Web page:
Despite the large number of people who have it, many people are unaware of Eczema. Eczema, also known as dermatitis, is a skin irritation that makes the skin very itchy. It can be an all over condition or even just in particular areas of the body, but it is still a skin condition that causes a lot of discomfort and pain for some.
The definite and root cause of eczema is still unknown. Researchers have concluded that it is caused by multiple factors and is a result of a combination of genetics and other environmental triggers. One factor may be a mutation of the gene responsible for creating filaggrin. According to the National Eczema website, filaggrin is a type of protein that allows our bodies to have the strong outermost layer of our skin. Because people with eczema do not have enough filaggrin, it is easier for bacteria and viruses to enter, and for moisture to escape. Another factor is stress. Still, the reason behind this factor is unknown, but feeling too much pressure or stress tends to worsen the skin condition.
Living with eczema can be really hard. Now, as a 16-year-old, I learned how to deal with my situation, and besides the fact that I have really dry, wrinkly skin, I’m an ordinary teenager. I remember, from when I was a child, being made fun of the rashes and scars left from scratching.
Sometimes, I hear people – even full-grown adults to a young child – saying that eczema happens because the patients are not taking proper baths or showers. That is not true. In fact, taking frequent showers or long baths can worsen eczema because it takes up moisture. Also, giving mental pressure on the patients is only going to make the condition worsen. It’s not the eczema part that most patients have trouble with, but rather it’s how people judge it.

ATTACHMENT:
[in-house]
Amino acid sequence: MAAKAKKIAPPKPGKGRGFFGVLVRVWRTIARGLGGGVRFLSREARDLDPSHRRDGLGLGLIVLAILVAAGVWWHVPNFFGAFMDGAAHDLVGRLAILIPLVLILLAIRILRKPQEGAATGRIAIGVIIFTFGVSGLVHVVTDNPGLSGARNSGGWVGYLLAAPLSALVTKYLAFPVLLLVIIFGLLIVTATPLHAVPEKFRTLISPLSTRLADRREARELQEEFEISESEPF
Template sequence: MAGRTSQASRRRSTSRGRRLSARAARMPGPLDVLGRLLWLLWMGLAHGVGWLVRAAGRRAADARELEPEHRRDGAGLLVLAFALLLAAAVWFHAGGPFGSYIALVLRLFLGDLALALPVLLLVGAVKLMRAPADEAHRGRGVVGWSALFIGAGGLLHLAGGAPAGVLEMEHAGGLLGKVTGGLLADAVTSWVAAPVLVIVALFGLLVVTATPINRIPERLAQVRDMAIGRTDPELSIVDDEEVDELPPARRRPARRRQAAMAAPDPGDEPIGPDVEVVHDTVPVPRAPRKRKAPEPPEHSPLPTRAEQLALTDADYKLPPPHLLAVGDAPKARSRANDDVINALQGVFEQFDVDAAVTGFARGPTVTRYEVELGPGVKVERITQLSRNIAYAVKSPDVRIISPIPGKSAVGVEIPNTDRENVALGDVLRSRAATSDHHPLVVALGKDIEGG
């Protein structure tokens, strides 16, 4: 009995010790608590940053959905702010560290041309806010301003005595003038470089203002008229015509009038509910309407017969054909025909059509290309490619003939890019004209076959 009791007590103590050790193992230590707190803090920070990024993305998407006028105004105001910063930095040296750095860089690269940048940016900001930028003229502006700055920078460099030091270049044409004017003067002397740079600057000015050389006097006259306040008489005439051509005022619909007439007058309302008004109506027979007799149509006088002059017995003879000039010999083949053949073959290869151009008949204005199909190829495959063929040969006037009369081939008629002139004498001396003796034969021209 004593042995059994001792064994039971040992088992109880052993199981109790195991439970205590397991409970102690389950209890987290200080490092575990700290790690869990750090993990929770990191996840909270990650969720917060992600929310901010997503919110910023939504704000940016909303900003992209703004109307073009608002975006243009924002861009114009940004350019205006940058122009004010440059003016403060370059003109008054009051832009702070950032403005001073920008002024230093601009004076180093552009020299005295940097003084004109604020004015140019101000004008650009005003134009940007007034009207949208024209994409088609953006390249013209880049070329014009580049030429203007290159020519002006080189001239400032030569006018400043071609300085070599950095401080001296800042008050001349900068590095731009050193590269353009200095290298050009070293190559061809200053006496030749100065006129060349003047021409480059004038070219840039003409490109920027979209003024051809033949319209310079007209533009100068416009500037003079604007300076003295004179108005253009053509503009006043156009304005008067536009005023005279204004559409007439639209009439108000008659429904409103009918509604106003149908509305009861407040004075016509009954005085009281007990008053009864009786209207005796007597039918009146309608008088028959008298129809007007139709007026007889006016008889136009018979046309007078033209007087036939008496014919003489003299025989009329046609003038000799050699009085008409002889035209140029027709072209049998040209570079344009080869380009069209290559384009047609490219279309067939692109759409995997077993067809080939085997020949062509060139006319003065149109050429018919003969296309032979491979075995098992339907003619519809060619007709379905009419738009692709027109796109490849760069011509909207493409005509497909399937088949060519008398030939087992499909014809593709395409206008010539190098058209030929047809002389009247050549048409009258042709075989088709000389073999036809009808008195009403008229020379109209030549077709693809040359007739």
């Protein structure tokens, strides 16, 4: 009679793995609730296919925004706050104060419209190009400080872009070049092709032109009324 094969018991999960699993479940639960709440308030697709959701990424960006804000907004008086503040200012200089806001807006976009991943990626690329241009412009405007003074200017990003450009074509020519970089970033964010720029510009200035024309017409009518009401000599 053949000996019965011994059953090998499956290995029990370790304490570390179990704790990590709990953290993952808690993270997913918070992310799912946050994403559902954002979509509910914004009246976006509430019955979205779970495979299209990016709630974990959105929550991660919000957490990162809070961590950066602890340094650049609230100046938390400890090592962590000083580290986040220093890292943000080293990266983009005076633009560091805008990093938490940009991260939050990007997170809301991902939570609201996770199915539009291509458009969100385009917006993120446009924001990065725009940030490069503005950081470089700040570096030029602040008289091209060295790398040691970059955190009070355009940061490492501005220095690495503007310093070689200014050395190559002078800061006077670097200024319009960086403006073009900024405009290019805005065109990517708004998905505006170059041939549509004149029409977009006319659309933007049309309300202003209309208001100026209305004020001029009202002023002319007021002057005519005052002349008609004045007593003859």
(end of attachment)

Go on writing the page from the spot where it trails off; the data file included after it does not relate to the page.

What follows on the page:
Eczema causes itchiness and can be extremely hard to resist scratching, even when patients know in their heads that they shouldn’t be scratching. Usually, it’s painful all throughout. It itches, scratches bleeds, then hurts if you put lotion or medication on top of it.
Luckily, very recently there has been a new medication towards curing eczema. As someone who has serious eczema, I was put into treatment in the use of this medication. Called the DUPIXENT Injection, this new medication is self-inserted by patients every two weeks.
DUPIXENT is recommended to treat patients older than the age of 12. Currently, DUPIXENT is unknown to be safe or effective for those younger than this age. In general, this medication reduces inflammation below the skin layer that contributes to the itching. Even after all the rashes are gone, it is known to be effective to prevent recurrences. In a 16-week study before FDA approval, many patients were able to experience less itching, skin improvement, and clearer skin. On March 11th of 2019, DUPIXENT was approved by the FDA for Moderate to Severe Atopic Dermatitis in Adolescents.
Side effects for DUPIXENT include eye irritation and injection site reactions. For me, I had dry eyes and digestion problems after using this medication, but overall my progress has been well.
Dr. Ong, Allergist at the Children’s Hospital Los Angeles, told me that “In order to see the real effect, you need the medication for at least two months,” and that I should “use artificial tears twice a day for eye irritation.”
The injection can be done on the thighs, arms, or stomach. It is important to know that one should never throw away the syringes in household trash bags. The syringes need to be thrown away in a specific container and be disposed of at a hospital.
For further information about DUPIXENT, visit www.dupixent.com or consult your primary physician.
Minseo Park, Grade 11
Crescenta Valley High School